3 Things You Need to Know About Kombucha

Let’s face it, when you are thirsty, water isn’t always the most obvious choice. Oftentimes, you look for something that’s both tasty and refreshing to the palate.

But not all readily available drinks are created equal. In fact, some popular choices aren’t exactly the healthiest ones.

Fortunately, there’s another unique trend that’s hitting the market these days: the emergence of unconventional beverages that promote more than just thirst-quenching action to its consumers.

And if you’re into trying out new and alternative health drinks like these, then you’ve probably had a budding curiosity of knowing what kombucha is and what makes it so popular nowadays.

To help you become more familiar with this beverage which dates back to ancient Chinese origins, here are a few things you need to know before you take that first sip:

It is made from fermented tea.

Known for its surprising taste (often referred to as slightly sweet yet acidic and or tangy), kombucha is made by fermenting sweetened green or black tea (or both). The process usually takes weeks and can be done either commercially (as with many retail manufacturers) or even by DIY home brewing.

Typically, water is boiled, then sugar and tea leaves are added and subsequently filtered. Afterward, the resulting sweetened tea brew is cooled down and subjected to the fermentation process that takes place inside a sterile and covered container. Once fermented, the brew is kept inside the bottle for a few more weeks to encourage carbonation. This carbonation process makes the kombucha brew a bit fizzy and bubbly. After this step, others add fruits, herbs, and spices for added flavor.

It makes use of a scoby.

Scoby is an acronym which stands for “symbiotic culture of bacteria and yeast”. It’s that round and odd-looking thing you see often floating on top of a kombucha brew. And despite its unusual appearance, the scoby is actually responsible for what makes each kombucha brew so appealing to consumers. This is because the scoby mixture is added to the sweetened tea to facilitate the fermentation process. Through its yeast content, the scoby aids in converting most of the sugar content of the tea into a food source for the live bacterial colony and turning it into the fizzy drink with rich probiotic properties.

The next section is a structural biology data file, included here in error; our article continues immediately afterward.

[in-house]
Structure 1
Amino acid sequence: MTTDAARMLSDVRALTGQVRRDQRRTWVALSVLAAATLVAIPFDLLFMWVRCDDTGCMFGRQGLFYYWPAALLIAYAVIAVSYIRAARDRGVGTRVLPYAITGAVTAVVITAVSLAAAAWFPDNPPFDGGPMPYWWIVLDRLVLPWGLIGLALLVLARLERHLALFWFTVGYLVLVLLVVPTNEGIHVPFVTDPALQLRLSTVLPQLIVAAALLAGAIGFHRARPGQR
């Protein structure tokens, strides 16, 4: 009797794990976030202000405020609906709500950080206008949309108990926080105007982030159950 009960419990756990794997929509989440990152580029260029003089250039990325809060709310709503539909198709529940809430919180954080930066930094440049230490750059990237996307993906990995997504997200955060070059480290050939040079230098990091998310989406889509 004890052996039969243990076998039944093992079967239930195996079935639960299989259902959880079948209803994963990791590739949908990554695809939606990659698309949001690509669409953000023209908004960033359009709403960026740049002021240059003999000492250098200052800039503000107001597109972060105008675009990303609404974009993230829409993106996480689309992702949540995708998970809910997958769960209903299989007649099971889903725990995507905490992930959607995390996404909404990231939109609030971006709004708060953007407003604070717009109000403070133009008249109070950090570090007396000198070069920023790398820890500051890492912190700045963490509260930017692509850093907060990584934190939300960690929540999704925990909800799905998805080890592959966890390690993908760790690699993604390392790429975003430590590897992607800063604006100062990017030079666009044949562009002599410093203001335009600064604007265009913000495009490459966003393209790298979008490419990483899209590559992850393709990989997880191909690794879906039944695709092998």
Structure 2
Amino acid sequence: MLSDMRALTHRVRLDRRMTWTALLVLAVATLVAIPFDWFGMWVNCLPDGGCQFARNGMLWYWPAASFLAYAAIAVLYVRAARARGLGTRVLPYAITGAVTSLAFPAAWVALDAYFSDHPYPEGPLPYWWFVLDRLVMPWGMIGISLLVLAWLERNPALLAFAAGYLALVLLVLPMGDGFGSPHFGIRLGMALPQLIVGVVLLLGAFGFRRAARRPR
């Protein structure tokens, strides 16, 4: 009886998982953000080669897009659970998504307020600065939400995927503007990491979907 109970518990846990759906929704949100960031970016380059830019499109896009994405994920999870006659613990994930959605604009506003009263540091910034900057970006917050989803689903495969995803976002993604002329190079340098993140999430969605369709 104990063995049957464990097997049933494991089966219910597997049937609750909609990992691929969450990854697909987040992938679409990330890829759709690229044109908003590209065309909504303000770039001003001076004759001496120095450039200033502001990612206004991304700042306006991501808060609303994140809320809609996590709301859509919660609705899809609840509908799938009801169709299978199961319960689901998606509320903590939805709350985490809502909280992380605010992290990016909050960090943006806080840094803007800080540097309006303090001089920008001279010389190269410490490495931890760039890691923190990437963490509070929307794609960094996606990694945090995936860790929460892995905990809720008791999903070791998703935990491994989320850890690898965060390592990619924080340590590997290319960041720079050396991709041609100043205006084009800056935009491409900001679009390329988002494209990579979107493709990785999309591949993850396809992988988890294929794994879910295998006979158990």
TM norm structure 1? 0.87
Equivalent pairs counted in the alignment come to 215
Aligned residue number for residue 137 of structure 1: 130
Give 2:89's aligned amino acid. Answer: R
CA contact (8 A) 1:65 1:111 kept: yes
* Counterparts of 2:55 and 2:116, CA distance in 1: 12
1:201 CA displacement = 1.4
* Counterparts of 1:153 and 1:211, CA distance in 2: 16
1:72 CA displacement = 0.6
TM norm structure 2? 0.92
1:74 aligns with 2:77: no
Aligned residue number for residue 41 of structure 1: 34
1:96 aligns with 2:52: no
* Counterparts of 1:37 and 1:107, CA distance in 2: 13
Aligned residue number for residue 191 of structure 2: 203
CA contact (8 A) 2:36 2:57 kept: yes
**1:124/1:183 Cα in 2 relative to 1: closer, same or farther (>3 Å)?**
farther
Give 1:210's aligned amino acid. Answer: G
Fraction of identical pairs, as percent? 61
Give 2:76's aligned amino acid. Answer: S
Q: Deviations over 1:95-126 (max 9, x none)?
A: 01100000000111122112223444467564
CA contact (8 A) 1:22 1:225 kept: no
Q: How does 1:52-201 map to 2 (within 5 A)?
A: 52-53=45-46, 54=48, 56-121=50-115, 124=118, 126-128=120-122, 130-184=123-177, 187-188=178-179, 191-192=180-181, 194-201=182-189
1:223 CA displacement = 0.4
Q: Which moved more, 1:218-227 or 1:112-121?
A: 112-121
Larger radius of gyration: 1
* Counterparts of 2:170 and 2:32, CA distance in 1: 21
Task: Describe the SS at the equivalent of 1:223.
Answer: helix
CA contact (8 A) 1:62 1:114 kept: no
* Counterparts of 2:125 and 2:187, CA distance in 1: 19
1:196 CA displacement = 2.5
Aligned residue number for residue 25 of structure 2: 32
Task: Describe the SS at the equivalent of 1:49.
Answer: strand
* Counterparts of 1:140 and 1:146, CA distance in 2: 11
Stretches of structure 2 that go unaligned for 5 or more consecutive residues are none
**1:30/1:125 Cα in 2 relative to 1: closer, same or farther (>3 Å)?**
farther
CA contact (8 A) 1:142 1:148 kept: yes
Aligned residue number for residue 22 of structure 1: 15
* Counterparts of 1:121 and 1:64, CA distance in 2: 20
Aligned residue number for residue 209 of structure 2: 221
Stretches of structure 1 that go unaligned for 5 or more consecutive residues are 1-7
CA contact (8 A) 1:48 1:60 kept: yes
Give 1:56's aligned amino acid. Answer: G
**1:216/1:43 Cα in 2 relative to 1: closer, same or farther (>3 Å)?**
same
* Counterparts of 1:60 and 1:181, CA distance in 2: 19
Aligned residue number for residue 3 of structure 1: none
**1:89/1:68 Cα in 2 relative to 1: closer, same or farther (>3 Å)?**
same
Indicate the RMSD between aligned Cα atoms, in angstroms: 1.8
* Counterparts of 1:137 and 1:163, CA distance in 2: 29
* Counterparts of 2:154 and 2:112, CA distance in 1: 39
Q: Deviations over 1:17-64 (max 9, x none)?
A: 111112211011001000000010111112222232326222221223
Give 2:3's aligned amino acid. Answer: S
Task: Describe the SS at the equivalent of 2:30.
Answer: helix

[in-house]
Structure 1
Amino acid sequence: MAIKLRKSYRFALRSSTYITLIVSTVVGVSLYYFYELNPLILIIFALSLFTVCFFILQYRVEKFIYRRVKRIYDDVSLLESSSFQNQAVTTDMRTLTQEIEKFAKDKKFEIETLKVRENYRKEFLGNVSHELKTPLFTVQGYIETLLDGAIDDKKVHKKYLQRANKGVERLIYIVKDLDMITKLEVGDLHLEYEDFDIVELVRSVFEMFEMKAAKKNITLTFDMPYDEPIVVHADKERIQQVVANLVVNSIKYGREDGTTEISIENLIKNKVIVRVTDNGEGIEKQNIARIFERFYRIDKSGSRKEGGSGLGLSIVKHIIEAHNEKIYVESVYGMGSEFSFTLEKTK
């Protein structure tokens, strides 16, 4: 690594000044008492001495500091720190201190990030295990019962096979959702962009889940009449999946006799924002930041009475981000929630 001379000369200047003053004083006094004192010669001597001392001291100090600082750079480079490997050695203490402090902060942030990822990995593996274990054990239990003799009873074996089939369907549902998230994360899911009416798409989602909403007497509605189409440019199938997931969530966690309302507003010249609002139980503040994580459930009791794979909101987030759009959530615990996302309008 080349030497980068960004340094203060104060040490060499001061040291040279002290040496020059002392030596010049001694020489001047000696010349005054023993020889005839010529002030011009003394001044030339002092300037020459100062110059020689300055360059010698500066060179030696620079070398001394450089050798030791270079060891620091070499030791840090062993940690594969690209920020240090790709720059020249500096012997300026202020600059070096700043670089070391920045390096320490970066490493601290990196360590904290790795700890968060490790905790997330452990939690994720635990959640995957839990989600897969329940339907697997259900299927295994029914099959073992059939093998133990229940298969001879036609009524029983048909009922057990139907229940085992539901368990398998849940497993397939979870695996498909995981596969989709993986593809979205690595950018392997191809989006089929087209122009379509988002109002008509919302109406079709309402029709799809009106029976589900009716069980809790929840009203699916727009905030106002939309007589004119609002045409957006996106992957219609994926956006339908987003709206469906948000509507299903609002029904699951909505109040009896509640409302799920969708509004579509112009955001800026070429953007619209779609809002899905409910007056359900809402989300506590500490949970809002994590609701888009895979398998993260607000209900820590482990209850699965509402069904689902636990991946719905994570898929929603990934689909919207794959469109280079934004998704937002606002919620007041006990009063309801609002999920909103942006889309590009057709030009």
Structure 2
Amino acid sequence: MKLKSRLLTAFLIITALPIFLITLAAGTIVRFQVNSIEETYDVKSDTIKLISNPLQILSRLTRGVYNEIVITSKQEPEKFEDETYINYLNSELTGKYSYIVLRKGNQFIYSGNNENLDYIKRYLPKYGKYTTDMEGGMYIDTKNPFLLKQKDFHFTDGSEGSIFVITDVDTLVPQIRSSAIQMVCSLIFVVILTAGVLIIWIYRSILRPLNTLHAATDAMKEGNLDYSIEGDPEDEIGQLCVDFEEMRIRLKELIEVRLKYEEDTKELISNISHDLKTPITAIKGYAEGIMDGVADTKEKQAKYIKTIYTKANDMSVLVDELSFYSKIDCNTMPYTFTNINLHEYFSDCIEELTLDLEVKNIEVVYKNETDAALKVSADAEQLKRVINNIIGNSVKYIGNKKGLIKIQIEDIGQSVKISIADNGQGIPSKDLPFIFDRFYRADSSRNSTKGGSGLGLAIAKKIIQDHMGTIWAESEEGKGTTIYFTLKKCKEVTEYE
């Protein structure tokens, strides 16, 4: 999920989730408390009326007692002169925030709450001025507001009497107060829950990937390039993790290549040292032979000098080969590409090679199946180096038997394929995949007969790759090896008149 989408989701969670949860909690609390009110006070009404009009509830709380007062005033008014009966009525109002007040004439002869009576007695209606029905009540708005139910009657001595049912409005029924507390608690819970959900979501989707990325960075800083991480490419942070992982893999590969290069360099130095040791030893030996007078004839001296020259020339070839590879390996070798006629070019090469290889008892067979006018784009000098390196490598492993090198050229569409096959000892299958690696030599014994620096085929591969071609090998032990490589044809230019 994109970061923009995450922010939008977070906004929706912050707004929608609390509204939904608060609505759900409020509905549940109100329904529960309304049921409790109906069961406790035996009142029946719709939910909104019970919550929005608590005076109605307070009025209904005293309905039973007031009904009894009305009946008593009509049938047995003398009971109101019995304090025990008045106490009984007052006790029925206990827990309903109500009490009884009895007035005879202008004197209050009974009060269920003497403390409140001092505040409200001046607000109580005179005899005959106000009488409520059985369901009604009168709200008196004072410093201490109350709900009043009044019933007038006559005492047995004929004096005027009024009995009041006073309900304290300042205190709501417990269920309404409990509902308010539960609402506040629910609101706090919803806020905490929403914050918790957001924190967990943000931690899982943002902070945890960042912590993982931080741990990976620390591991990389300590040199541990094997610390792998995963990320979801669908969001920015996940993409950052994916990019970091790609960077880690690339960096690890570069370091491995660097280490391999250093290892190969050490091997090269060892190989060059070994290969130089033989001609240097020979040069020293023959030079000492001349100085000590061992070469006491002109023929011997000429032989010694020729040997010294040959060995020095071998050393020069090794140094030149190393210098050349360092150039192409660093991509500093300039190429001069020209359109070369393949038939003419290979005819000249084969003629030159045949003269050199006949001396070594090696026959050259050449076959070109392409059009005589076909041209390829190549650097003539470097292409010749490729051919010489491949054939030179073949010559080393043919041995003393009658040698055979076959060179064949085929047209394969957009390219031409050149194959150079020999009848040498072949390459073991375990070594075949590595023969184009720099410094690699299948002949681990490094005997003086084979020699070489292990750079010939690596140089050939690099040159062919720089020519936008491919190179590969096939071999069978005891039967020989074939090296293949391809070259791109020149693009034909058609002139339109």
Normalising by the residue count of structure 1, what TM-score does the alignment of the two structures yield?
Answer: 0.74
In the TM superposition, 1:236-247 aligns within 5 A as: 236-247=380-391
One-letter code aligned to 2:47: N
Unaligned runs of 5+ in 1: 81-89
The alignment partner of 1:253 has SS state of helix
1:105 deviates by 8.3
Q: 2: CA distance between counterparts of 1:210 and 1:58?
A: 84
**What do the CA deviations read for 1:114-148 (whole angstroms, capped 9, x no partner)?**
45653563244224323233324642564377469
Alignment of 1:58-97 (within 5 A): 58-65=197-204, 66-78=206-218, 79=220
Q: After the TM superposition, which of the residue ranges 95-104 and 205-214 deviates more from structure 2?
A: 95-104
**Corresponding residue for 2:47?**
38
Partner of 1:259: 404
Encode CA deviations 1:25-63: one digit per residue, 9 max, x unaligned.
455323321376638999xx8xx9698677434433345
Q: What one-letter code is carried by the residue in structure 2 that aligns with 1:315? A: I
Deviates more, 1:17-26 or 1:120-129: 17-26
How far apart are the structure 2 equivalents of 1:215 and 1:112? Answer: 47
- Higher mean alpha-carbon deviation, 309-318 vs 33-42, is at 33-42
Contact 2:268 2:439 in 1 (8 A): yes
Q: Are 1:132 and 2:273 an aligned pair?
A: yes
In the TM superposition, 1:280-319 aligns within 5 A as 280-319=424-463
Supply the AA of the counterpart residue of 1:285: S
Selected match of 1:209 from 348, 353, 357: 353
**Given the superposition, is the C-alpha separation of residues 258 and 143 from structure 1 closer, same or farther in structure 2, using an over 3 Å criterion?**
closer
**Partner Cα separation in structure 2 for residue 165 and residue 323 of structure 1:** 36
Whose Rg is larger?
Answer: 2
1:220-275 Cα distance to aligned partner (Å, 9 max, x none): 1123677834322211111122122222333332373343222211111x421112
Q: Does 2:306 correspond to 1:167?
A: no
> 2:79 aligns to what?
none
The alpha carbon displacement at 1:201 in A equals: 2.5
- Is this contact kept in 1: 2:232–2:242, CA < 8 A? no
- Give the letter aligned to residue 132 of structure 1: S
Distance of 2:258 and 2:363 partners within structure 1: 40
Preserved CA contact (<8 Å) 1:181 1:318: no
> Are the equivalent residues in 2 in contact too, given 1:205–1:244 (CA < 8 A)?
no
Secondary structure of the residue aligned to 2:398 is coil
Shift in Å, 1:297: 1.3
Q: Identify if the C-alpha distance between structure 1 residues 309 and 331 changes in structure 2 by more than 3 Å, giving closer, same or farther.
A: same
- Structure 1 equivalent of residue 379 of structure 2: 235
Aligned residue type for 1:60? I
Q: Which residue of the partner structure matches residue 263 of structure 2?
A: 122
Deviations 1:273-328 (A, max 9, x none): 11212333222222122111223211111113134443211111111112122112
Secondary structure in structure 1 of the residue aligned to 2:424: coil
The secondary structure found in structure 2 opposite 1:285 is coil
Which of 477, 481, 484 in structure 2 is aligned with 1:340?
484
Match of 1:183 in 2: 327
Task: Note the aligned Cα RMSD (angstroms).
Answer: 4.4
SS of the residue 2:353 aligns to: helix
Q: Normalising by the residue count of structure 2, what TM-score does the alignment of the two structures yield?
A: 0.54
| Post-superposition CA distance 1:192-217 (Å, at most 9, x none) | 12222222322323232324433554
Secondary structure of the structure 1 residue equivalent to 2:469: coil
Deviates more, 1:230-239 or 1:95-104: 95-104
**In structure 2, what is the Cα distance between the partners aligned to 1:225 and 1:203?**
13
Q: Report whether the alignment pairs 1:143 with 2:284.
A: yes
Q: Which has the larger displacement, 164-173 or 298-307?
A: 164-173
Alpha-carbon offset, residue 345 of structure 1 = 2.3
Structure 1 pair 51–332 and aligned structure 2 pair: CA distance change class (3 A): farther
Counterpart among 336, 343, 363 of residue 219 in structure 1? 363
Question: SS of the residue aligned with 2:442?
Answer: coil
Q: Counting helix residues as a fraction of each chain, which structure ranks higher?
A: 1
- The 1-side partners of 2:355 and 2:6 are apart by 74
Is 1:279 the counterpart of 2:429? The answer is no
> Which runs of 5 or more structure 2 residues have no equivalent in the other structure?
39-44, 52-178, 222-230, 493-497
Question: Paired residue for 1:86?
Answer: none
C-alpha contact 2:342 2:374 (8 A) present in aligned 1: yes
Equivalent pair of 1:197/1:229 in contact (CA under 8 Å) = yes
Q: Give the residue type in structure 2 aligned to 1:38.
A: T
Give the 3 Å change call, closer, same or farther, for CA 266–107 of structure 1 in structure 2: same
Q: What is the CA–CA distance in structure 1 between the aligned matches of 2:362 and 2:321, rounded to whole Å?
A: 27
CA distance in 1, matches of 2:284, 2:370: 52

It is possibly good for your health.

Kombucha’s widespread popularity comes from the health benefits that you can get when you consume a glass of this brewed ancient delicacy. As mentioned earlier, it is rich in probiotics, that is, it contains several helpful microorganisms (like bacteria and live yeast) that make your gut and overall digestive system healthier. This combination of live “good” bacteria and yeast help balance your intestinal microflora and facilitate better food and nutrient absorption in your gut.

Aside from improved digestion, it has also been reported to have anti-inflammatory as well as immune-boosting properties. Many attribute these claims to the presence of acetic acid (which lowers the product’s pH) and gluconic acid (which has antioxidant properties) as by-products of the kombucha fermentation process. It even contains water-soluble vitamins like vitamin B1, B6, and B12.

And because it is made from green tea, it is also a good source of green tea’s health-promoting benefits. Now, if you’re a green tea drinker, then you know there’d be quite a few. Some of these health benefits include antioxidant properties which protect your cells from the damaging effects of oxidation. In the same manner, kombucha’s green tea content can also help improve and lower your cholesterol levels, aid in maintaining your blood sugar levels and even promote weight loss and reduced belly fat.

As with anything new and popular, it is always a good idea to read up on a few things about the beverage you will be consuming before you join the latest craze and bandwagon of alternative health drink buyers.

As for kombucha, each brew undergoes weeks of fermentation process made possible by a colony of microscopic organisms like bacteria and yeast. This mixed culture (known as the scoby), along with its green tea content, is responsible for that unique taste, probiotic population, as well as the immune-boosting, antibiotic, and antioxidant property that is characteristic of the ancient kombucha brew.

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